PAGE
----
Radiologists are most likely not paying much attention to the Merit-based Incentive Payment System (MIPS) Cost category because no specific action is needed to report data, and usually radiology groups have little control over the cost attributed to a patient. The Centers for Medicare and Medicaid Services (CMS) has released a new MIPS resource on the Cost performance category that provides good information on this aspect of the MIPS scoring. This affords a good opportunity to review the Cost category and better understand its potential impact on your practice.
According to the CMS MIPS Cost User Guide, “Feedback on 2018 MIPS performance year cost measure performance will be available in summer 2019 and CMS is looking to incorporate beneficiary-level data, if technically feasible.” This material will allow practices to know whether or not Cost was a factor in their MIPS Final Score and, if it was, then they will learn how they performed in 2018. The 2018 reporting period will determine the practice’s Medicare fee schedule adjustment factor in 2020.
The first time Cost became a factor in MIPS scoring was during the 2018 reporting period, when it was 10% of the Final Score. For the 2019 reporting period, Cost will be 15%. However, as with all MIPS scoring, if the Cost category does not apply to a practice then the Quality performance category absorbs the value of the category not applied. For many radiology practices neither the Cost nor the Promoting Interoperability category will apply, so the Quality performance category becomes re-weighted to represent 85% of your total MIPS score with the 15% balance attributed to the Improvement Activities category.
In those instances where radiologists do receive a score in the Cost category, they will most likely be measured by their Medical Spending Per Beneficiary (MSPB) score. The MSPB measure assesses total Medicare Part A and Part B costs incurred by a single beneficiary in the period surrounding an inpatient hospital stay. The MSPB episode window begins 3 days before an admission and continues through 30 days after hospital discharge. Each MSPB episode is attributed to a single Eligible Clinician (EC) or group practice that reports under a single Taxpayer Identification Number, determined as the EC or group that billed the largest amount of Medicare Part B claims during the episode period.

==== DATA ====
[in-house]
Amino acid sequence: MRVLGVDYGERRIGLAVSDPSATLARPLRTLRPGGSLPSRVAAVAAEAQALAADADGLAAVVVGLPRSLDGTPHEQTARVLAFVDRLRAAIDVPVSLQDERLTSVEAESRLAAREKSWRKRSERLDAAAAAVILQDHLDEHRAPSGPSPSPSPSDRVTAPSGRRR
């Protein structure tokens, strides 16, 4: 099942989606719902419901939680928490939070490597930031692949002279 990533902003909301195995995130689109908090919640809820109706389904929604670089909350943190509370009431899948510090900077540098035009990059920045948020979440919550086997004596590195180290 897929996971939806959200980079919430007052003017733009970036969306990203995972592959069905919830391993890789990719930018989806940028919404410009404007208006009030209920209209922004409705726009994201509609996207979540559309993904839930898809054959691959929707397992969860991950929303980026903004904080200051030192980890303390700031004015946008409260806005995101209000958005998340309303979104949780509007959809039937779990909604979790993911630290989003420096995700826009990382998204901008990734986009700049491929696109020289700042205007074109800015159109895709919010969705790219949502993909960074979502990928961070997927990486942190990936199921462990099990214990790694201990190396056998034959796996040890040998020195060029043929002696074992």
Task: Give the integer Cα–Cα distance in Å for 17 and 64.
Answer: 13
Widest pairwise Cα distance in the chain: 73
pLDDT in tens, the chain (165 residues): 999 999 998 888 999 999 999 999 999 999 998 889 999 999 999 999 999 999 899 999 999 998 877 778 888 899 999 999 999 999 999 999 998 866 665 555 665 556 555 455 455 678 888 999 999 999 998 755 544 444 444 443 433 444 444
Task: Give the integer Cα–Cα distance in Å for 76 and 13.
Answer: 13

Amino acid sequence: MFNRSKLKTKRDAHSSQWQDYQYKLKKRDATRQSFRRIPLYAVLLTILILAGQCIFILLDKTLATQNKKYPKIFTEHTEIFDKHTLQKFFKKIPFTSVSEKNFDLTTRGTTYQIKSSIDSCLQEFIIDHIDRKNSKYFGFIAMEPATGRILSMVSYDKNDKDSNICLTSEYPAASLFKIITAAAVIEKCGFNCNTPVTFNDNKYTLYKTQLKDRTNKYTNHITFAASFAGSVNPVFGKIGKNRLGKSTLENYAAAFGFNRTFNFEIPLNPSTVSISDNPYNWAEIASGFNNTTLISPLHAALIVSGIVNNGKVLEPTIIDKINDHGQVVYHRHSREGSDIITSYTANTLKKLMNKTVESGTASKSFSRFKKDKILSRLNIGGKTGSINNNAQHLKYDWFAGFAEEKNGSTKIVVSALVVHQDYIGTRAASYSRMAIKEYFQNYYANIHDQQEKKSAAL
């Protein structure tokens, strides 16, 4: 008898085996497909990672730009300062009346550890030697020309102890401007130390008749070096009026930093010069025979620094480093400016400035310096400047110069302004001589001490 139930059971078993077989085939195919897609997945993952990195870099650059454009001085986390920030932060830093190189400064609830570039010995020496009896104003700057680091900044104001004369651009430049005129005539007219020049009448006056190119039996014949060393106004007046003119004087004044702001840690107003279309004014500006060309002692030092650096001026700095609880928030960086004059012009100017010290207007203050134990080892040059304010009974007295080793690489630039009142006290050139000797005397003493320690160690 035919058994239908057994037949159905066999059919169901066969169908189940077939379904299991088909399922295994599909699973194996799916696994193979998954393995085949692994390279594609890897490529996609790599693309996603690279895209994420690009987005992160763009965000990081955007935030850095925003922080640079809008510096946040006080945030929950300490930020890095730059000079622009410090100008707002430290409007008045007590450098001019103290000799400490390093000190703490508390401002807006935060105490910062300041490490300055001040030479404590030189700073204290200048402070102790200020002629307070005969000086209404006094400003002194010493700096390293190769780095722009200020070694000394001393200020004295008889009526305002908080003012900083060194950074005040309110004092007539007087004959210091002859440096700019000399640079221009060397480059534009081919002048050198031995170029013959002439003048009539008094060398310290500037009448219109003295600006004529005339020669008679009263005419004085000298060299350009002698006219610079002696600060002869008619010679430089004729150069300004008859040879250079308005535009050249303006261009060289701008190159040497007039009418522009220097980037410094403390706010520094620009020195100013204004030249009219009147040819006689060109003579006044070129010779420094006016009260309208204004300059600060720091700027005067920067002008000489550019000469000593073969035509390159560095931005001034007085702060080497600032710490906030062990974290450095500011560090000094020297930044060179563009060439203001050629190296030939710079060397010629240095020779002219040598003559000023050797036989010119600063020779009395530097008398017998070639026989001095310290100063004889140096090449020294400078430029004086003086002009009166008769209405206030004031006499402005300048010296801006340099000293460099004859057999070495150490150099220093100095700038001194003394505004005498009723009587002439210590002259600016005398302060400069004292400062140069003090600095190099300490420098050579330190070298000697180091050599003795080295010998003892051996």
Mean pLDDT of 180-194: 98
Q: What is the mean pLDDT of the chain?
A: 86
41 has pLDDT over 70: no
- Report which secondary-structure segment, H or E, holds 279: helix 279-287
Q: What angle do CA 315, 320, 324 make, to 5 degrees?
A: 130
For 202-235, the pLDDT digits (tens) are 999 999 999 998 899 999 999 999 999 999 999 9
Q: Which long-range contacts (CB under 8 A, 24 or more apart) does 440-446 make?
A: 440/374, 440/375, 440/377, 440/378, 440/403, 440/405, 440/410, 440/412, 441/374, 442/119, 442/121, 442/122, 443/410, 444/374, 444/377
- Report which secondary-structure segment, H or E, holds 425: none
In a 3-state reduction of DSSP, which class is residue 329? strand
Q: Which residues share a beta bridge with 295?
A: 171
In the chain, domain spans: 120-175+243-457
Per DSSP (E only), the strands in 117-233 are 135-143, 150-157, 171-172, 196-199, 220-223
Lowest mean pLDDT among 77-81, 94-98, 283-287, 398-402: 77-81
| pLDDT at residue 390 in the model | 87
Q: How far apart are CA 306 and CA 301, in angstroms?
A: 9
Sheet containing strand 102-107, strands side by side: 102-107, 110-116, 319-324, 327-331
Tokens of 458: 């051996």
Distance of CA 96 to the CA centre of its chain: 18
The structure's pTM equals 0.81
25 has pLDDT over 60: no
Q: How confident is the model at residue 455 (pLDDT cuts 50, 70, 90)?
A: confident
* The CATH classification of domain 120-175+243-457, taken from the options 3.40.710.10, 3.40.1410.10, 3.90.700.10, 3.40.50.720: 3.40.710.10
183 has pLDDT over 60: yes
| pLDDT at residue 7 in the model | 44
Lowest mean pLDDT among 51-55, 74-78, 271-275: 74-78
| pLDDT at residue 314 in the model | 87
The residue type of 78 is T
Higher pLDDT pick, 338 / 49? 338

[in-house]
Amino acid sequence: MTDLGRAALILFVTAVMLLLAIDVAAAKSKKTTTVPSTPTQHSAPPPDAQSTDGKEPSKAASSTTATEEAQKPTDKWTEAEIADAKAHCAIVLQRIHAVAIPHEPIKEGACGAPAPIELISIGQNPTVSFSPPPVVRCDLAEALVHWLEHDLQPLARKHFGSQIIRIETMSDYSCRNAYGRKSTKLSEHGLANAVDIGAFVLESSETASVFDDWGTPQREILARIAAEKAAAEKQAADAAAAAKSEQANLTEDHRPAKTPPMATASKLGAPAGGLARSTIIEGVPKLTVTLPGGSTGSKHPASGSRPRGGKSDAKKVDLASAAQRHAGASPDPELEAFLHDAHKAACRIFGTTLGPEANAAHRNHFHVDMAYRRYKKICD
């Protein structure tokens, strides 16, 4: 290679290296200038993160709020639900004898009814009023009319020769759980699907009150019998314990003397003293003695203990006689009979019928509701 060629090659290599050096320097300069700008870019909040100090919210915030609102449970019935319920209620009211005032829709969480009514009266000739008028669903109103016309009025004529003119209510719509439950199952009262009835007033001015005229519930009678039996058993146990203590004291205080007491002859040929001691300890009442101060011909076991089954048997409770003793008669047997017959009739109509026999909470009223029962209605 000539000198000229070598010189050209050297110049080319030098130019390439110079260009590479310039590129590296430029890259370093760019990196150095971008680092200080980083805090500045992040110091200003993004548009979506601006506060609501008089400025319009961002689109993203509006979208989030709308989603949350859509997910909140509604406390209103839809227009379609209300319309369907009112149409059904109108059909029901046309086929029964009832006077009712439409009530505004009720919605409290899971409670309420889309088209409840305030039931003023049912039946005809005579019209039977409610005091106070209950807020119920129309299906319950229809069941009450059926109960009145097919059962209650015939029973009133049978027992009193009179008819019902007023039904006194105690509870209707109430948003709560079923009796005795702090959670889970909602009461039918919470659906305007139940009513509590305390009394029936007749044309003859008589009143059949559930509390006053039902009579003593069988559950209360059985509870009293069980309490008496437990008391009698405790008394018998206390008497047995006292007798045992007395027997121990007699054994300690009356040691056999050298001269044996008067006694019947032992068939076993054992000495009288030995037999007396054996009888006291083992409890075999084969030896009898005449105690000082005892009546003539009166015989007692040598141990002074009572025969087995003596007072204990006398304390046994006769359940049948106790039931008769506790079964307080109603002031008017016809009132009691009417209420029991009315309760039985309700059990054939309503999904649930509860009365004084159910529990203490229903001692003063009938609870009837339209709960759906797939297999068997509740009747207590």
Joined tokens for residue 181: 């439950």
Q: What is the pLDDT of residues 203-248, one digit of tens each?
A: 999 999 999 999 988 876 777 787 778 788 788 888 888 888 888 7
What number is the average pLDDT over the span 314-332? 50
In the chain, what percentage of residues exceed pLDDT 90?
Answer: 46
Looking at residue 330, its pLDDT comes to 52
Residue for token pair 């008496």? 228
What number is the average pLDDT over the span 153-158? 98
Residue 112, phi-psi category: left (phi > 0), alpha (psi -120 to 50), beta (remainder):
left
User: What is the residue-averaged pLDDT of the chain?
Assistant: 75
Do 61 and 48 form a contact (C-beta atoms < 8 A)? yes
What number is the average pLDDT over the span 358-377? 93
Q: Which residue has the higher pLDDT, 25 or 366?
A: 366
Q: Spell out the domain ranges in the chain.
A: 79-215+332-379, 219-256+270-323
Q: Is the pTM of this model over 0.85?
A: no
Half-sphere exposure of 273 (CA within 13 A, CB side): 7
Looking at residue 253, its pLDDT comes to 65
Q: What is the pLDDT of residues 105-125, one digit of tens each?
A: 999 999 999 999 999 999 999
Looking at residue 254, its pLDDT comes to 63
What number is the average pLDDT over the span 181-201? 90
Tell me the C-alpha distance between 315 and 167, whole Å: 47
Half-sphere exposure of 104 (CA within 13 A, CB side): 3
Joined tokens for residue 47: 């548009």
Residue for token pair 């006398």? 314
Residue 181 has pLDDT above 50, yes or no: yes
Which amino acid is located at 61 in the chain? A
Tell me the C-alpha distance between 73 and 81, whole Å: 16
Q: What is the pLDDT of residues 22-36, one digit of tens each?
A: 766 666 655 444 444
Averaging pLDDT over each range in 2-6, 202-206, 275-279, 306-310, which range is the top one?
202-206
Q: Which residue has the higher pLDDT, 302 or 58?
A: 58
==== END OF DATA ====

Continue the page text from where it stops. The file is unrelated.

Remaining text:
In order for a radiology practice to receive a Cost score, they must have at least 35 MSPB episodes attributed to them. Diagnostic imaging that takes place immediately preceding the admission, such as pre-admission testing or emergency department imaging, counts toward the dollar volume as does imaging or interventional procedures performed during the inpatient stay. With the cost value of radiology services being generally higher than Evaluation and Management services, radiology could easily become the largest cost factor for some patients. Note that not every hospital admission qualifies for the MSPB measure. The CMS User Guide details the attribution exclusion criteria, and also contains more detail on the calculation of the MSPB score.
Our blog contains an earlier article on how the Cost category will affect radiology practices, and we provided updated information in our annual Review of the Medicare Quality Payment Program for 2019.
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